How much of that is down to nutrition is a matter of debate, but Thompson isn’t about to undersell its effect on his career. In fact, as have many other players, he has hired a chef to cook at his house, removing some of the guesswork of tracking calories and nutrients once his games are done around 10:30 at night.
“It takes away the whole question and takes away from making bad decisions,” he says. “Because usually the things that are open late at night are not that good for you. So for me being able to have that opportunity, it’s the best investment I ever made in my career.”
For games in Toronto – which aren’t as frequent now as they were during the three consecutive years the Raptors and Cavs met in the postseason – Thompson also benefits from some home cooking of sorts.
Wellness chef Andrew Muto, who works with the likes of Connor McDavid and Steven Stamkos every summer at the NHL training camp run by Gary Roberts, has been catering for the Cavaliers for the past five seasons at Millender’s request.
Overhauling long-held nutritional habits wasn’t an overnight success story, however. The first time he catered for the team, much of the spread, which included organic Irish salmon fillets and quinoa, went untouched by the players, some of whom asked specifically for PB&J sandwiches instead.
Muto, who operates a catering business out of Vaughan, Ont., estimates that maybe 20 per cent of the food was consumed the first time. But he understands why. There’s a huge psychological aspect to food and eating, he explains, noting that food such as PB&J sandwiches gives some players the comforting feelings of childhood. But as with Millender and the Cavs, he has learned along the way, and now has players happily consuming pregame meals of salmon, kale and coconut rice.
“When I put grill marks on the salmon, they eat it; when there are no grill marks, they didn’t eat it,” he says. “It’s because they feel safer that it’s been cooked better or that’s what they’re used to having, that’s what they’ve seen constantly. Anything with grill marks indicates it’s okay.”
While Millender tries to find wellness chefs in each of the Cavaliers road stops, he says that there aren’t many out there who have as much passion for food as Muto, who goes out of his way to try to replicate the jerk chicken that Thompson grew up with, for example, but with a baked, not fried, version.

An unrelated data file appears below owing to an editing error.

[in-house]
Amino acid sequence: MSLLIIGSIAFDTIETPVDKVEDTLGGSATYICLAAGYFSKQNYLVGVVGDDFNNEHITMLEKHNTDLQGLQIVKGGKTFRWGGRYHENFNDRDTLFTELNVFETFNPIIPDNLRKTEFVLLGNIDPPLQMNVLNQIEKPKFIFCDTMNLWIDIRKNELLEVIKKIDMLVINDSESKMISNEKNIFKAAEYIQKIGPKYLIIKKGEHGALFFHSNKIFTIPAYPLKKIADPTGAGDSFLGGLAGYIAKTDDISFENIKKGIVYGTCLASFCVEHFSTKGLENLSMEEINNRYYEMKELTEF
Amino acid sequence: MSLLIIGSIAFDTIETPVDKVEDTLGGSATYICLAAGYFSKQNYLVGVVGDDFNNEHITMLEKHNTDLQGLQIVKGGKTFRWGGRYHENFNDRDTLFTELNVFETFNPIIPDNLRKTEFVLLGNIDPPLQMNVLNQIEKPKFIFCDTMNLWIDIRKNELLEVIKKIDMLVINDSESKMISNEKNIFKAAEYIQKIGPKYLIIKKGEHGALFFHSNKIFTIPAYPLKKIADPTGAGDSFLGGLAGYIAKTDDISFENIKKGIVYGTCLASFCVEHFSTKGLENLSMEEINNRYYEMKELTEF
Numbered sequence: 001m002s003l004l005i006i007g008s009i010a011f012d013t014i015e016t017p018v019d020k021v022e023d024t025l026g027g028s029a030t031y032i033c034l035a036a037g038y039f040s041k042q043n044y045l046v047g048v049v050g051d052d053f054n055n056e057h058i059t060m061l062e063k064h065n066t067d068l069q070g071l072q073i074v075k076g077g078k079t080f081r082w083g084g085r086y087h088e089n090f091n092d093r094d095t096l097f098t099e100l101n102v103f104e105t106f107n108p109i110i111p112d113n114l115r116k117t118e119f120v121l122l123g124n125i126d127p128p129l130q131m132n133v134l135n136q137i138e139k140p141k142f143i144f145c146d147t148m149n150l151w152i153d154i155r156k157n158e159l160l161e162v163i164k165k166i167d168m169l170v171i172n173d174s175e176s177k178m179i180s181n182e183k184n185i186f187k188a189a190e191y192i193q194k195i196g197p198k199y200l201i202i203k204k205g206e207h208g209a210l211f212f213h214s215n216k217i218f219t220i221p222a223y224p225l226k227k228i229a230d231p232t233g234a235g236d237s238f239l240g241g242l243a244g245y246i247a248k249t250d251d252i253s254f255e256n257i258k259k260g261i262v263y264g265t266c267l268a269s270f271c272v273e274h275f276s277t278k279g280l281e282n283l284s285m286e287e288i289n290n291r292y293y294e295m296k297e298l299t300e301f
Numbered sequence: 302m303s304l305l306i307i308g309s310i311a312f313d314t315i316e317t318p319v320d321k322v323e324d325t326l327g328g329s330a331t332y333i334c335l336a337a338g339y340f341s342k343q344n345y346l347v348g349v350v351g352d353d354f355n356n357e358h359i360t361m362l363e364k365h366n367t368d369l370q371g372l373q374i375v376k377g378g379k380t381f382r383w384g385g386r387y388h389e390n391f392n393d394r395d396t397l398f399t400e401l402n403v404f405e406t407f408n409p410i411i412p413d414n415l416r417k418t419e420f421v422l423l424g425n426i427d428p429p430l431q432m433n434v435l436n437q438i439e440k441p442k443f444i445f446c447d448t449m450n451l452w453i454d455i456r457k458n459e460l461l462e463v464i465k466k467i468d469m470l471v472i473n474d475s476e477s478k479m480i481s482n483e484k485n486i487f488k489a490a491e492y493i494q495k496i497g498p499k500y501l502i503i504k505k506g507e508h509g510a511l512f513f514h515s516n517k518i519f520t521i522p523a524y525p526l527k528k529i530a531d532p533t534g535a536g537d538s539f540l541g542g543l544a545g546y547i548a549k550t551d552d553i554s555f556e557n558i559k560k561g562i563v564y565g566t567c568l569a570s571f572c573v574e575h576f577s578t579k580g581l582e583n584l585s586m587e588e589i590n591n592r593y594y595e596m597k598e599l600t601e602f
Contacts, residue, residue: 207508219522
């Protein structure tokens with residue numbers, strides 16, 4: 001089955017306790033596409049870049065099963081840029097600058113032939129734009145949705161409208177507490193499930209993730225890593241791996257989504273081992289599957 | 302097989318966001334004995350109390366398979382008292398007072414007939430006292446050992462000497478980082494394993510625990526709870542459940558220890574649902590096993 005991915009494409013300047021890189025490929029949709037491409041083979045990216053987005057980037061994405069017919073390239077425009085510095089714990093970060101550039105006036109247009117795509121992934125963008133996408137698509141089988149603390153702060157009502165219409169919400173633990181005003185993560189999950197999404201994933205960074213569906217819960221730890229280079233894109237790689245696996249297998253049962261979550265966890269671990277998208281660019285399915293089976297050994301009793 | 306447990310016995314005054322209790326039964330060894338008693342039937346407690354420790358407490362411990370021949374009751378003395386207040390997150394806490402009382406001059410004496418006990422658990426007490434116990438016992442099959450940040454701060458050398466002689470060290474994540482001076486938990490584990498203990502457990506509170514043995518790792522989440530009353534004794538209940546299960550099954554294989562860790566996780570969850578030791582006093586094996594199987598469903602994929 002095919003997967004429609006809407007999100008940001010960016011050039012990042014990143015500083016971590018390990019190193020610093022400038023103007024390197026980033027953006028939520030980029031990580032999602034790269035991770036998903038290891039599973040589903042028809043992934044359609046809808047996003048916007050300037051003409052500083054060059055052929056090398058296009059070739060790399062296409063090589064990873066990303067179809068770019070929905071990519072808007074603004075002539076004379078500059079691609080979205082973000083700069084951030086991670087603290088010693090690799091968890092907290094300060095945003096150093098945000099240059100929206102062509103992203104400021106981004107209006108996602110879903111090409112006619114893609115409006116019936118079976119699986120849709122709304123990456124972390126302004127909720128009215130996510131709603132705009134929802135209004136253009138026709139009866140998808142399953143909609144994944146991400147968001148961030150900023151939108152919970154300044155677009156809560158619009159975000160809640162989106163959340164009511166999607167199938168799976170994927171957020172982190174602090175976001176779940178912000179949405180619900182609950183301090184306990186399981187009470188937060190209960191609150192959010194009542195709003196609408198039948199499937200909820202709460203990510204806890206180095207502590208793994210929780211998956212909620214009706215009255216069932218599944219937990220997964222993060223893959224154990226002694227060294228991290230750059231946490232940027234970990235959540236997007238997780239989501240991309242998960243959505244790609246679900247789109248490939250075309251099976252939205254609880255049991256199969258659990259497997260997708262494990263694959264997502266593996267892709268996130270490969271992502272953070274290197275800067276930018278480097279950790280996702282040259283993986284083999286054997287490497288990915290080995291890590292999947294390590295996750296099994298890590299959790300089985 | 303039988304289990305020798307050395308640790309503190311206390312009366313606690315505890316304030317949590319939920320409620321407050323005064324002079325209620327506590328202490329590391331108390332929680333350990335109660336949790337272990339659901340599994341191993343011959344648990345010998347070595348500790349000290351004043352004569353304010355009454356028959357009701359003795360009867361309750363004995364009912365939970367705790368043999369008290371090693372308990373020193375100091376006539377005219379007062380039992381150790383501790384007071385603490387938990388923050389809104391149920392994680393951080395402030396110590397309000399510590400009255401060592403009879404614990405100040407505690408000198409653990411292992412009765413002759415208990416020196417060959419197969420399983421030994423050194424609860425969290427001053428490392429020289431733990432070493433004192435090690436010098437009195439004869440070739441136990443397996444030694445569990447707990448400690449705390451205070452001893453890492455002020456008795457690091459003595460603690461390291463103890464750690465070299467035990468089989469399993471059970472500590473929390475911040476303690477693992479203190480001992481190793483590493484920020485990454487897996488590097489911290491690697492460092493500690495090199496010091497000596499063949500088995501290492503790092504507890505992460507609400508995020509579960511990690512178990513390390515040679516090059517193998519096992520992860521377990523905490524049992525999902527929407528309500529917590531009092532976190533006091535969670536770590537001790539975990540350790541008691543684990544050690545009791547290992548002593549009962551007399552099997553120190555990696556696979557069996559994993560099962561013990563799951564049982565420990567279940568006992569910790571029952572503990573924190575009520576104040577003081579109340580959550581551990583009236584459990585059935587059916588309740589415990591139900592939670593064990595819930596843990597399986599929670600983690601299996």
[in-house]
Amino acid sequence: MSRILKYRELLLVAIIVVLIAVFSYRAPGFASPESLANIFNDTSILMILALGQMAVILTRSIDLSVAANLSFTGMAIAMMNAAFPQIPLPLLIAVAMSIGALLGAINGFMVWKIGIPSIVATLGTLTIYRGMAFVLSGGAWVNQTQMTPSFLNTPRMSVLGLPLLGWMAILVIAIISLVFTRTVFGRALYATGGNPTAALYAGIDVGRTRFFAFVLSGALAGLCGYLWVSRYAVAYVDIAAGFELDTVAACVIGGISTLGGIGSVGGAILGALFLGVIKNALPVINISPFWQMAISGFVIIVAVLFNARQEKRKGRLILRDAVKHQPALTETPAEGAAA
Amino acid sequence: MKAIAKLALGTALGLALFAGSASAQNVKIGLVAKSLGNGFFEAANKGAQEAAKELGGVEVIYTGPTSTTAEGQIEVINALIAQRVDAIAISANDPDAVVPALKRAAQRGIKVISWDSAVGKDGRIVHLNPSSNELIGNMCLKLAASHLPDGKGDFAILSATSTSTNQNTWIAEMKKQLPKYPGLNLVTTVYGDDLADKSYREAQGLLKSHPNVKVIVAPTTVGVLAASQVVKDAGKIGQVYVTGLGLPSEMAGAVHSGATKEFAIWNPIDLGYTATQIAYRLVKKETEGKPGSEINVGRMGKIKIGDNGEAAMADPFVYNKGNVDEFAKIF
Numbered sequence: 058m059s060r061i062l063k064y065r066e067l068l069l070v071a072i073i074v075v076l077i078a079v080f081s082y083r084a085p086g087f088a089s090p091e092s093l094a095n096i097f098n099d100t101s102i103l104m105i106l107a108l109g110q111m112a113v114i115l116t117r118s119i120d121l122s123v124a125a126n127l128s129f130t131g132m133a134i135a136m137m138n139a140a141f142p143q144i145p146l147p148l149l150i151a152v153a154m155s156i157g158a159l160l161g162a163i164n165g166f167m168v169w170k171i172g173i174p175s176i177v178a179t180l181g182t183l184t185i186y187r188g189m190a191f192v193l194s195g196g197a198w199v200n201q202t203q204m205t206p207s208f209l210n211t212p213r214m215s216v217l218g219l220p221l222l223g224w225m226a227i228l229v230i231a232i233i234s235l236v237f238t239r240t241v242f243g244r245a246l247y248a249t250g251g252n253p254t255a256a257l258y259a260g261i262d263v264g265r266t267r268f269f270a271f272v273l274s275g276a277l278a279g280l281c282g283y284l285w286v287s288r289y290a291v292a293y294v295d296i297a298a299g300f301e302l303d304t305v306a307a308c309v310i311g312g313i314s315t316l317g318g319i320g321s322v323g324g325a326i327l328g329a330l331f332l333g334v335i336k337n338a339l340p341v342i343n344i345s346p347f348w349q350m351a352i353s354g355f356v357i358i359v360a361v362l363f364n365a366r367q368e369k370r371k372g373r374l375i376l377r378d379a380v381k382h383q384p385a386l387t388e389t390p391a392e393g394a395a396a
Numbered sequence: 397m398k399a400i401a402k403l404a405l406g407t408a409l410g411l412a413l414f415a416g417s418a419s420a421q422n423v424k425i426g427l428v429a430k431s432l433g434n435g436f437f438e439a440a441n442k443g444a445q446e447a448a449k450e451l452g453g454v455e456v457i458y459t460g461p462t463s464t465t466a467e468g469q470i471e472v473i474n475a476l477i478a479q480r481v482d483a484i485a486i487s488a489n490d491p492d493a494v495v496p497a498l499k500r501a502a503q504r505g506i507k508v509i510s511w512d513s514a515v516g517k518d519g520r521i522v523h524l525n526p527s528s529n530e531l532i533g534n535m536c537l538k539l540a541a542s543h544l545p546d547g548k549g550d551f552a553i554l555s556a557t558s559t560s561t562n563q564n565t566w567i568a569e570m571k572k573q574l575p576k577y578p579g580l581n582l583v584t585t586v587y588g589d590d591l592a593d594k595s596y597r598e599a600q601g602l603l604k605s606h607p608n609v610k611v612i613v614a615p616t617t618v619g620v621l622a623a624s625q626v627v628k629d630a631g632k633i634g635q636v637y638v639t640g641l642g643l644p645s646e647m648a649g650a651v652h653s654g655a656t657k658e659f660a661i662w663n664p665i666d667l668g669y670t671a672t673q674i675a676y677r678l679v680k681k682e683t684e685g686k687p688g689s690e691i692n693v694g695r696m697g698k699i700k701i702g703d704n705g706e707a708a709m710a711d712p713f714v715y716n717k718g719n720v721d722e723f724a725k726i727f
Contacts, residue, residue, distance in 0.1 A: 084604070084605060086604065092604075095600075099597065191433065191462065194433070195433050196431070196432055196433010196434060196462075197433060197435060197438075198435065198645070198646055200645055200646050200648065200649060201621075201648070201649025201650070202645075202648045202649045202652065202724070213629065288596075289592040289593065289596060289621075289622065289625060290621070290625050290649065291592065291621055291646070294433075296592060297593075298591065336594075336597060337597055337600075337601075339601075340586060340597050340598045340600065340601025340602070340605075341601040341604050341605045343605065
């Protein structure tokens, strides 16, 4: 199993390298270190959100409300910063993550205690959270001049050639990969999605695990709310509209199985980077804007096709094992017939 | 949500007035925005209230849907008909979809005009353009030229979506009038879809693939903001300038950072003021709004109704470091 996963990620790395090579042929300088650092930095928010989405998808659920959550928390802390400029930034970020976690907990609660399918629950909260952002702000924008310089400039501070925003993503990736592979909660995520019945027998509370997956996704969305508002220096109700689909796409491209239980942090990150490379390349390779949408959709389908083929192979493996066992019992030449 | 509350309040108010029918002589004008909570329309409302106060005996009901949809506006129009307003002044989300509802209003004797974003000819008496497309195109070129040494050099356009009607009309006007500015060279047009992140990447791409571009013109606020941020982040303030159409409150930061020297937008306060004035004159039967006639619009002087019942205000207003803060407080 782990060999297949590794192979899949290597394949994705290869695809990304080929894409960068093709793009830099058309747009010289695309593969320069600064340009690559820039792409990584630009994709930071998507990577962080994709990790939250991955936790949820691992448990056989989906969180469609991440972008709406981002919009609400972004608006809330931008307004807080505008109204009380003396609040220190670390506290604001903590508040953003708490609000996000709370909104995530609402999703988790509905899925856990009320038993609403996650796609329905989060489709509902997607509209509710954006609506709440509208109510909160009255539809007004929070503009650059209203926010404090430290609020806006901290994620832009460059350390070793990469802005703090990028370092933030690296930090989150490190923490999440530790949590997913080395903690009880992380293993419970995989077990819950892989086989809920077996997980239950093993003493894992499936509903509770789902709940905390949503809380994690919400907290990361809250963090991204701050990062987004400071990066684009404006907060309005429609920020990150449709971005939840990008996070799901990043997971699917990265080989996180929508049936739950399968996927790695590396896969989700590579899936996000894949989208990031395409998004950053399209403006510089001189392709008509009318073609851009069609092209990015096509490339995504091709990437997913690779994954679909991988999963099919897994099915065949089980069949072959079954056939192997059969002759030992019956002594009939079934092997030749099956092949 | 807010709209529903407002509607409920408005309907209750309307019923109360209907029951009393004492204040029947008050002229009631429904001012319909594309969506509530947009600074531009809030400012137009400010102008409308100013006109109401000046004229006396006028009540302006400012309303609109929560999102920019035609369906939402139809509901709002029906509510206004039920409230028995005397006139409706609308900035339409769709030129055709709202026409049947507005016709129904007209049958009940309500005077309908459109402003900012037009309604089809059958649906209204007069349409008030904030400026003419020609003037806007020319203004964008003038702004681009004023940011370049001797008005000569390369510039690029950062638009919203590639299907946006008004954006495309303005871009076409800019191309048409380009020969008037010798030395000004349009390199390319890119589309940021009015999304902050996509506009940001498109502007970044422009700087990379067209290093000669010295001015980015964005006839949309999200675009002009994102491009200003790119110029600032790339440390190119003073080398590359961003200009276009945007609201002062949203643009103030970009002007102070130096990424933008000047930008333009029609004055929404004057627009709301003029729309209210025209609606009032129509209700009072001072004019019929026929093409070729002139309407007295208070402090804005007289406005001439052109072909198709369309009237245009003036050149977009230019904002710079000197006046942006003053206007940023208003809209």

“We try to always have a familiar protein and then a familiar carb,” Millender says. “Food means a lot to people. It’s a very special thing and if you come across as someone who doesn’t care it can be bad.”
For players such as Love, who readily admits he was “bigger” and “doughy” when he first came into the NBA fresh out of UCLA, figuring out the nutrition part of the game is a huge part of any success they might have. But he says that each player has individual needs, which makes it tougher.
“You see it from guy to guy,” Love says. “You can’t just put something in a box and say, ‘This is what you have to eat,’ because I think everybody is slightly different in that respect.”
And whether it’s catered meals provided by local chefs such as Muto or food sourced at other establishments such as Impact Kitchen, a gluten-free restaurant with a pair of locations in downtown Toronto, Love says Millender’s approach brings a lot to the table when the team’s on the road.
“I went there after practice and it was so good and so healthy I was like, I’m going to order it so … my girlfriend and I had it for dinner last night and it was great,” Love said of Impact Kitchen, which has become something of a Cavaliers hangout while the team is in Toronto.
“So [there’s] no unhealthy options in these cities, you come to accumulate different [go-to] places and Derek has been huge in that.”